To Improve Lives and Expand Opportunities, Recognize the Power of Housing
by Maya Brennan and Veronica Gaitán
Housing is at the epicenter of all opportunities and outcomes. It is the first rung on the ladder to economic opportunity, and a person’s access to opportunity is linked with that of their community. From health, to economic mobility, to educational opportunity, to racial equity, and beyond, housing shapes families and communities.
Better housing equals better health
Even before we are born, housing status begins to affect our health. Living near the pollution of a congested highway toll plaza is associated with lower birth weight and more premature births than living farther from idling vehicles. As young children, living in or near substandard housing contributes to developmental delays by age 2 and poor health by age 6. Meanwhile, poor-quality housing can exacerbate children’s depressive or aggressive behavior, and further research found that children whose households receive housing assistance have lower levels of lead in their blood than nonassisted children in low-income families. Into adulthood, unhealthy housing drives anxiety, displacement from gentrifying areas is associated with increased hospitalizations, and residential exposure to air pollution has been linked to respiratory and cardiovascular diseases and premature death.
Housing opportunities lead to educational opportunities
Safe, stable, and affordable housing sets children up for academic success—reducing absences and improving task persistence. But housing also establishes which schools a child may attend. In a district with neighborhood school assignment, housing policies opened the door to lower-poverty schools for children in public housing and narrowed the achievement gaps in math and language. But most families with rental assistance remain locked out of neighborhoods with higher-performing schools. School reputation drives up housing costs nearby, and, without policy support for economic inclusion, housing costs limit neighborhood access. One study found that in California’s Fremont Unified School District, an increase in the quality of elementary, middle, and high schools increased the price of an average house by 20 percent—a markup equivalent to the price of a private education. Other research found that homebuyers paid more for a home during the housing bubble when school quality motivated the purchase. Urban planners, policymakers, local governments, and school districts must recognize the effects of schools on residential segregation to ensure educational equity—and the potential for housing policies to disrupt that connection.
Housing stability and services provide a critical economic boost
Without stable, quality, and affordable housing, people must make trade-offs between their family’s education, health, and finances. Rental assistance programs can both alleviate immediate economic strain and open the door to upward mobility. Housing subsidies improve outcomes for homeless families, including reducing economic distress and food insecurity. People who receive rental assistance and participate in a high-impact Family Self-Sufficiency program can build assets. Early evaluation of a development-wide job support program called Jobs Plus found that residents earned 16 percent more per year than residents in comparison developments that did not offer the same intensive supports. Further, children in low-income households may experience long-term economic benefits, such as higher annual earnings by their midtwenties, from being supported by a rental subsidy for more of childhood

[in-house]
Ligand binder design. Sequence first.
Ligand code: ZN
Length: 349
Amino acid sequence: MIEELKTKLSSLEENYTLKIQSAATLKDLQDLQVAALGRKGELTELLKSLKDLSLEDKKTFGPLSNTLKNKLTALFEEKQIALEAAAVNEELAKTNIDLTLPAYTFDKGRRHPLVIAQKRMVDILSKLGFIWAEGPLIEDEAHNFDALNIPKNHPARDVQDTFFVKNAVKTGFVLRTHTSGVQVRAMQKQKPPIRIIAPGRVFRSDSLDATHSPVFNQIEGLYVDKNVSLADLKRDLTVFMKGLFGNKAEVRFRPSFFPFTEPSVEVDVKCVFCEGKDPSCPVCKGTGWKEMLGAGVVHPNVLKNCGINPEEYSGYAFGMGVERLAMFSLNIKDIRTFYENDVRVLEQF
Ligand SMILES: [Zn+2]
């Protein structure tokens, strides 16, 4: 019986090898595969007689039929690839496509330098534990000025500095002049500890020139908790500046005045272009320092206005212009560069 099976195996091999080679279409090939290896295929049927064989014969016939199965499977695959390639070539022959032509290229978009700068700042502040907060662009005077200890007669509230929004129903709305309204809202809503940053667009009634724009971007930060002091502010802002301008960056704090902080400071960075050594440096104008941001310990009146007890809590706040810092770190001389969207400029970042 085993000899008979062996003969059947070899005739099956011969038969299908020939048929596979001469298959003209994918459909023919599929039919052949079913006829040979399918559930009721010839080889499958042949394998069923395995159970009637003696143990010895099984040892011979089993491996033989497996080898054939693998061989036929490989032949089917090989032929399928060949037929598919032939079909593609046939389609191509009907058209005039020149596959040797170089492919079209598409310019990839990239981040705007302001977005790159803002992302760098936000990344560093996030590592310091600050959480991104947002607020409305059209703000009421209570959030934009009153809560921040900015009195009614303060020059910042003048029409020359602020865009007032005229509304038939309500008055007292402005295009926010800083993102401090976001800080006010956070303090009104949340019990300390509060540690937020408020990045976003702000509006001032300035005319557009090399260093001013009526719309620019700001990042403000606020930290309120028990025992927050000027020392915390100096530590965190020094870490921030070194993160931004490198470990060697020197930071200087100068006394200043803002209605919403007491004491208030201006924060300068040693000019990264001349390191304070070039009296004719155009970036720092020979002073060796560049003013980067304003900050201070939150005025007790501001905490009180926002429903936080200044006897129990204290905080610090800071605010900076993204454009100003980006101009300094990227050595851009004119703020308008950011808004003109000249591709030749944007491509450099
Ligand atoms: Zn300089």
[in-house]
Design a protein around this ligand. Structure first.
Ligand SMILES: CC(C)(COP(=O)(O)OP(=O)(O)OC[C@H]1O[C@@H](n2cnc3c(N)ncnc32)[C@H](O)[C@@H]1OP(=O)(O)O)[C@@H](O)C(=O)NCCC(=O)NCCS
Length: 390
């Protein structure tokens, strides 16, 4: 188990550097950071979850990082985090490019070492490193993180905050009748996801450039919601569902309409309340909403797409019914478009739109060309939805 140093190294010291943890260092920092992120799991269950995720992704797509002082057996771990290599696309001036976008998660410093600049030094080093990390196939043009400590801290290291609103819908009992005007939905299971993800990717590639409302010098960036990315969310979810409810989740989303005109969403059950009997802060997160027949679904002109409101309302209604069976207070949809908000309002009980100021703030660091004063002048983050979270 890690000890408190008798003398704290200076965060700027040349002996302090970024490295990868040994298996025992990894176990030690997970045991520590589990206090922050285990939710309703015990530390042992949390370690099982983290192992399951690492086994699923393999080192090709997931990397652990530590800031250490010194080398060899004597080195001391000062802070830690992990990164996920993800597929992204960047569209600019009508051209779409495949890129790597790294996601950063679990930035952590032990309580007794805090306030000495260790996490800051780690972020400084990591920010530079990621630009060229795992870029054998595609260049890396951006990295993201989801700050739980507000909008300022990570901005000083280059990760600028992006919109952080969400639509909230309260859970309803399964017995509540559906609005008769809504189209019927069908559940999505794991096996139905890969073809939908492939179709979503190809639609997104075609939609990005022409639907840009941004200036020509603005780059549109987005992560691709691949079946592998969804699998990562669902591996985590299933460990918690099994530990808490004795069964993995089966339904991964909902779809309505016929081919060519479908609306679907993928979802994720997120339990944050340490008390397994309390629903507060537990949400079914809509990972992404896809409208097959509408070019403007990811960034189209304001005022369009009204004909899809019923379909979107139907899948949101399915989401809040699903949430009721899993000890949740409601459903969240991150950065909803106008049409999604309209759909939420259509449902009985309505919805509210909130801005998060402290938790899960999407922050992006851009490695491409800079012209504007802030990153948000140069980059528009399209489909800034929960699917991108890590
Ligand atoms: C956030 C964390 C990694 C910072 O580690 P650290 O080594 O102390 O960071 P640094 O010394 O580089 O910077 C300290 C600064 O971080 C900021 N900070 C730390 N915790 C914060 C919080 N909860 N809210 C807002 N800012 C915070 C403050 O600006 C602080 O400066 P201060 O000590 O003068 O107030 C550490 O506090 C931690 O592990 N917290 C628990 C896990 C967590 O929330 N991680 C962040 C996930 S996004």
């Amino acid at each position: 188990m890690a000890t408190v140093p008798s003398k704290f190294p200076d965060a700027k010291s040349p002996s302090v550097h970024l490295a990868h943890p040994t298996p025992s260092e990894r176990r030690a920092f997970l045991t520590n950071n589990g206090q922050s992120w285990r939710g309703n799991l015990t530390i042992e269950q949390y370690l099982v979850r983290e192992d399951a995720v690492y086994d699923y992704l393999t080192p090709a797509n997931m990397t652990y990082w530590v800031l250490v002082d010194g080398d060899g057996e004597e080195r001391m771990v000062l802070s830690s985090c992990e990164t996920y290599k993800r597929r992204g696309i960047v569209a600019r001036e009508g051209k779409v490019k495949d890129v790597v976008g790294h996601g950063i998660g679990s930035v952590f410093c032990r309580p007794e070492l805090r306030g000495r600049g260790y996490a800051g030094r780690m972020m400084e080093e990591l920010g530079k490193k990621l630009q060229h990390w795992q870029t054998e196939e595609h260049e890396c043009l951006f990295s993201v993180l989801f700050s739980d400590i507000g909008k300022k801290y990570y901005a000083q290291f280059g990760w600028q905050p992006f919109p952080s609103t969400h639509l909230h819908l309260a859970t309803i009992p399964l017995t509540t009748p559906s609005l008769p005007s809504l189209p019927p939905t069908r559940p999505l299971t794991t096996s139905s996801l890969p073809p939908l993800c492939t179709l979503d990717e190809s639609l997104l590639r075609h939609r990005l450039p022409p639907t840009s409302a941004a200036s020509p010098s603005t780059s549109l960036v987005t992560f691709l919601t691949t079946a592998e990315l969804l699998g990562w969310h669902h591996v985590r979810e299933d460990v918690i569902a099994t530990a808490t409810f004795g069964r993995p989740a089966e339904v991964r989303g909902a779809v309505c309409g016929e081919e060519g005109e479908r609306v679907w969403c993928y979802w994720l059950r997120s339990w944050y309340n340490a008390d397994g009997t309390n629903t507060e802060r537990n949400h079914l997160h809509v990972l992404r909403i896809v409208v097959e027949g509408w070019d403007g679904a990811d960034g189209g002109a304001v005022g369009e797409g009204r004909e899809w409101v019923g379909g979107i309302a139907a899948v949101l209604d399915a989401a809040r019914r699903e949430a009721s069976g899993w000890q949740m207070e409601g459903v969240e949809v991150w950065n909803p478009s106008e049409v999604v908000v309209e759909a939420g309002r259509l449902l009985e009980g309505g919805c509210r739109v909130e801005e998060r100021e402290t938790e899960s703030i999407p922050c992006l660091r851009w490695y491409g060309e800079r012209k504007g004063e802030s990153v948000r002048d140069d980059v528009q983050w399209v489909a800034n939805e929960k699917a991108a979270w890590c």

When residents prosper, so do their communities. But there’s a problem.
No US county has enough affordable rental housing for its lowest-income residents. Meanwhile, rental demand is increasing among all income groups—nearly half of today’s renters are cost-burdened, and nearly a quarter are severely cost-burdened. In fact, in 2017, the lowest-income households with children had only $490 available each month after paying housing expenses—far less than the amount needed for food, health care, and other basic living expenses.
And access to homeownership is still unequal. Borrowers with low to moderate credit are getting boxed out of mortgage lending, and the fear of high down payments, extreme rent burdens that make saving even for a low down payment difficult, and the decline in home affordability all present significant barriers to homeownership, particularly for low-income people. Black homeownership rates have declined to their lowest levels since the 1960s because of decades of structural racism in housing policy and practice. And though Latinx homeownership rates have increased the past few years, a wide gap still exists between homeownership rates among US households of Latinx heritage and non-Latinx whites.
The US is experiencing a multipart housing crisis, which affects all of us. The wide-ranging problems include affordability, quality, and stability—for renters, homeowners, and people with no home at all. As a complex set of challenges, the US housing crisis can benefit from everyone’s contribution to the solutions.
So what can be done?
Professionals in fields other than housing are increasingly recognizing housing’s central importance and should consider incorporating housing-informed partnerships and policies into their services. Meanwhile, the housing field should identify ways to change business as usual to deliver even greater benefits and to articulate the value of housing to potential collaborators and funders. Whether your mission is to expand educational opportunities, improve health outcomes, boost economic well-being, or close the racial equity gap, it all comes back to housing.
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